- Estate planning: This ensures that client’s assets are passed on to their loved ones in the most efficient way possible.
- Other financial services: Some wealth management clients seek wealth management services. Those often include money management services, insurance services, and more.
Wealth managers typically work with clients on a long-term basis to help them reach their financial goals. Many wealth management firms also offer other services like insurance and banking.
What Are Wealth Management Services
Wealth management firms are specifically for accredited investors and high net worth individuals (HNWIs) and can be defined as investment advising services with the primary objective of expanding and protecting a client’s wealth. A typical wealth management client will have over $1 million in investable assets.
Who Finances Wealth Management?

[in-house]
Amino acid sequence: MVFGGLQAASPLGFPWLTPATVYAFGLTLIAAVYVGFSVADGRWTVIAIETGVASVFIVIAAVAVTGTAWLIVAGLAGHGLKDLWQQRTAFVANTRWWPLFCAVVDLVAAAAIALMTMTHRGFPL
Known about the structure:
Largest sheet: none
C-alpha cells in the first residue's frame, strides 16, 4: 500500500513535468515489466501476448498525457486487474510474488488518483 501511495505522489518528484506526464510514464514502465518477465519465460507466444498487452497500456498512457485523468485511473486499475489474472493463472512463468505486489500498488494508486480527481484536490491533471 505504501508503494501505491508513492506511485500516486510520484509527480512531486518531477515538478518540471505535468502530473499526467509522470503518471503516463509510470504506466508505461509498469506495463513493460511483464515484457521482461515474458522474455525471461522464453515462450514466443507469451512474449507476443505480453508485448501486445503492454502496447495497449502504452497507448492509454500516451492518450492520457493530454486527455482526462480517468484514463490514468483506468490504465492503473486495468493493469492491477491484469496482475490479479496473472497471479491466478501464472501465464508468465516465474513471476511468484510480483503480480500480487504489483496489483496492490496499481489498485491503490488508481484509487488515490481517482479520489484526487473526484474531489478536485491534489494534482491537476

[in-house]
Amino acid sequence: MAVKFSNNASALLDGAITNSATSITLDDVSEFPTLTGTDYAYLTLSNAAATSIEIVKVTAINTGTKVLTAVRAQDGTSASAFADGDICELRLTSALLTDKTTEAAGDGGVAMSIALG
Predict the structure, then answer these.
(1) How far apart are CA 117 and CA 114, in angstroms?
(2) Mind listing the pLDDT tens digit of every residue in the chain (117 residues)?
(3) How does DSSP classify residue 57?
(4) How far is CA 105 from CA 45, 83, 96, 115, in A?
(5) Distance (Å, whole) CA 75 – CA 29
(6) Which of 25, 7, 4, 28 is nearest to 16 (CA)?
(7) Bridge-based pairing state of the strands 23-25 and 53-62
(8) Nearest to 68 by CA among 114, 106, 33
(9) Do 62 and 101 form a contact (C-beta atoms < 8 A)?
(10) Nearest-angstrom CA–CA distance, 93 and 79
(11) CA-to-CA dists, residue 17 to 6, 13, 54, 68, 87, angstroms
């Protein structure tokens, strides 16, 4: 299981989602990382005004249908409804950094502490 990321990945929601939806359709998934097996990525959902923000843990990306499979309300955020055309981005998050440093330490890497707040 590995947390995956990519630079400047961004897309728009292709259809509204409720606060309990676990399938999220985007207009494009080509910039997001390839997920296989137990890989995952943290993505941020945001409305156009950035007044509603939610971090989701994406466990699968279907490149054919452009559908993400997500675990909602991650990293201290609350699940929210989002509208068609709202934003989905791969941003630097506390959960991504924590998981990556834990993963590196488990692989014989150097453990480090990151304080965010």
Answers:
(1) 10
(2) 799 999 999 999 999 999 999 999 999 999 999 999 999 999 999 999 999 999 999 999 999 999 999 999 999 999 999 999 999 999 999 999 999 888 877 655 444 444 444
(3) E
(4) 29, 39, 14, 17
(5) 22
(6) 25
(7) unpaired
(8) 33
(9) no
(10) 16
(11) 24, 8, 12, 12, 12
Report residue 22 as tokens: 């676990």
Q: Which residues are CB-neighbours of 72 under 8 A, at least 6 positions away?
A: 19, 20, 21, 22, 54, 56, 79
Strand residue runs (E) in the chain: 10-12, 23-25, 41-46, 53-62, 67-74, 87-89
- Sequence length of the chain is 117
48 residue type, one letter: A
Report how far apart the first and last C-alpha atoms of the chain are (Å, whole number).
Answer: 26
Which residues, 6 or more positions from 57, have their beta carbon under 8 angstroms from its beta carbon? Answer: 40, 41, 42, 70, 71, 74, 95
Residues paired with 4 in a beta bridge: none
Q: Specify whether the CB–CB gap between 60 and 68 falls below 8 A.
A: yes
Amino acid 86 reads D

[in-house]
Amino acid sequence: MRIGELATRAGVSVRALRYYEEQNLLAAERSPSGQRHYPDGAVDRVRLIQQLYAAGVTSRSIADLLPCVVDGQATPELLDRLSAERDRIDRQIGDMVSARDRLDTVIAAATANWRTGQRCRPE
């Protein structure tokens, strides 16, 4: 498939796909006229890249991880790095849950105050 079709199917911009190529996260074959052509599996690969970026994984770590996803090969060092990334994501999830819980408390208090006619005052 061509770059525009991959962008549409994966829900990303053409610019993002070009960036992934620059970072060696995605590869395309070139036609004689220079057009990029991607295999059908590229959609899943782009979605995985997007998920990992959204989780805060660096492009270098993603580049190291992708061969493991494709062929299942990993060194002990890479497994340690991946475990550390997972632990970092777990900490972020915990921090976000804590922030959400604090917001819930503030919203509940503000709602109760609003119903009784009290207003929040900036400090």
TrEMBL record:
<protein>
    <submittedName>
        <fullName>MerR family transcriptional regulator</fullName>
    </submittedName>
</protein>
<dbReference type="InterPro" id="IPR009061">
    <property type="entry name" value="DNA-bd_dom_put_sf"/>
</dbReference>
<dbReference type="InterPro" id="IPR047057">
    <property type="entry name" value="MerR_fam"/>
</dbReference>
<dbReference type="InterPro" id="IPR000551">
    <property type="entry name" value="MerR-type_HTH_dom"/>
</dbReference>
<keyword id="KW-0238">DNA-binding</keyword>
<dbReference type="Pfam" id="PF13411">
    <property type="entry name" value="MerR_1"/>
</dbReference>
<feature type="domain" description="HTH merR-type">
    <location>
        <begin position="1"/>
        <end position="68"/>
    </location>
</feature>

High net worth individuals, families, and trust organizations will make up the clientele if the service is provided by a wealth management company. If a bank is providing the service, the clients may be wealthy people or corporate entities that use the bank’s other services such as wealth management investment banking.
Who Provides Services for Wealth Management?
These services are provided by wealth management companies and major financial institutions in the financial sector having a wealth management division.
Products For Wealth Management
Financial institutions and wealth management companies may or may not directly offer these.
- Liquid resources
- Home equity
- investments made immediately
- enduring investments
Services for Wealth Management
- Estate planning and the law